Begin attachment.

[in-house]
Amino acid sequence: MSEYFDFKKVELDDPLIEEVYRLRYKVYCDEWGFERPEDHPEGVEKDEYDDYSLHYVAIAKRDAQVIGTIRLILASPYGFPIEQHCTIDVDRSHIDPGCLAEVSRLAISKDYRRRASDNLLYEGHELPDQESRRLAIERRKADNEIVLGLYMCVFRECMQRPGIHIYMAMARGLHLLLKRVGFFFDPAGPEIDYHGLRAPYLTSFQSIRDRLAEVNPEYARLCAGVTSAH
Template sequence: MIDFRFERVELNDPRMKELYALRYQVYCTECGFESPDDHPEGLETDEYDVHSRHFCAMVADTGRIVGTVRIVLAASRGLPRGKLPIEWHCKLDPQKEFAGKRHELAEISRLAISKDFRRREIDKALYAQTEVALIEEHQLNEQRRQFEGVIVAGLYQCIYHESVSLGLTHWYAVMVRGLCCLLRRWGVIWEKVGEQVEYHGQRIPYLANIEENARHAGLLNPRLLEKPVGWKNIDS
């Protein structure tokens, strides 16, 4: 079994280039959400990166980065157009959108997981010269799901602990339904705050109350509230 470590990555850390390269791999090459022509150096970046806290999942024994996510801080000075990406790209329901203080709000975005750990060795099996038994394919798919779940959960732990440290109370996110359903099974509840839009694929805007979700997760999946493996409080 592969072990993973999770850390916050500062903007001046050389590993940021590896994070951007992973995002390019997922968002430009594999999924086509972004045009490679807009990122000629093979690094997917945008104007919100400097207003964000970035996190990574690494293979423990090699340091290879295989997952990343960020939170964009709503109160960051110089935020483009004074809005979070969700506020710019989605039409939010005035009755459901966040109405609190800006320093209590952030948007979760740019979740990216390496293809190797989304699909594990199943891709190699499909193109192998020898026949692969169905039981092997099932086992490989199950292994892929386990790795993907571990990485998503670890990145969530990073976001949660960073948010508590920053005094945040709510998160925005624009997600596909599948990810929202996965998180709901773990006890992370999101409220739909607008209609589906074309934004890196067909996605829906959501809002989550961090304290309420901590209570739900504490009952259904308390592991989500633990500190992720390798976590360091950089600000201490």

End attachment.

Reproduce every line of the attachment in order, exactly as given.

[in-house]
Amino acid sequence: MSEYFDFKKVELDDPLIEEVYRLRYKVYCDEWGFERPEDHPEGVEKDEYDDYSLHYVAIAKRDAQVIGTIRLILASPYGFPIEQHCTIDVDRSHIDPGCLAEVSRLAISKDYRRRASDNLLYEGHELPDQESRRLAIERRKADNEIVLGLYMCVFRECMQRPGIHIYMAMARGLHLLLKRVGFFFDPAGPEIDYHGLRAPYLTSFQSIRDRLAEVNPEYARLCAGVTSAH
Template sequence: MIDFRFERVELNDPRMKELYALRYQVYCTECGFESPDDHPEGLETDEYDVHSRHFCAMVADTGRIVGTVRIVLAASRGLPRGKLPIEWHCKLDPQKEFAGKRHELAEISRLAISKDFRRREIDKALYAQTEVALIEEHQLNEQRRQFEGVIVAGLYQCIYHESVSLGLTHWYAVMVRGLCCLLRRWGVIWEKVGEQVEYHGQRIPYLANIEENARHAGLLNPRLLEKPVGWKNIDS
């Protein structure tokens, strides 16, 4: 079994280039959400990166980065157009959108997981010269799901602990339904705050109350509230 470590990555850390390269791999090459022509150096970046806290999942024994996510801080000075990406790209329901203080709000975005750990060795099996038994394919798919779940959960732990440290109370996110359903099974509840839009694929805007979700997760999946493996409080 592969072990993973999770850390916050500062903007001046050389590993940021590896994070951007992973995002390019997922968002430009594999999924086509972004045009490679807009990122000629093979690094997917945008104007919100400097207003964000970035996190990574690494293979423990090699340091290879295989997952990343960020939170964009709503109160960051110089935020483009004074809005979070969700506020710019989605039409939010005035009755459901966040109405609190800006320093209590952030948007979760740019979740990216390496293809190797989304699909594990199943891709190699499909193109192998020898026949692969169905039981092997099932086992490989199950292994892929386990790795993907571990990485998503670890990145969530990073976001949660960073948010508590920053005094945040709510998160925005624009997600596909599948990810929202996965998180709901773990006890992370999101409220739909607008209609589906074309934004890196067909996605829906959501809002989550961090304290309420901590209570739900504490009952259904308390592991989500633990500190992720390798976590360091950089600000201490």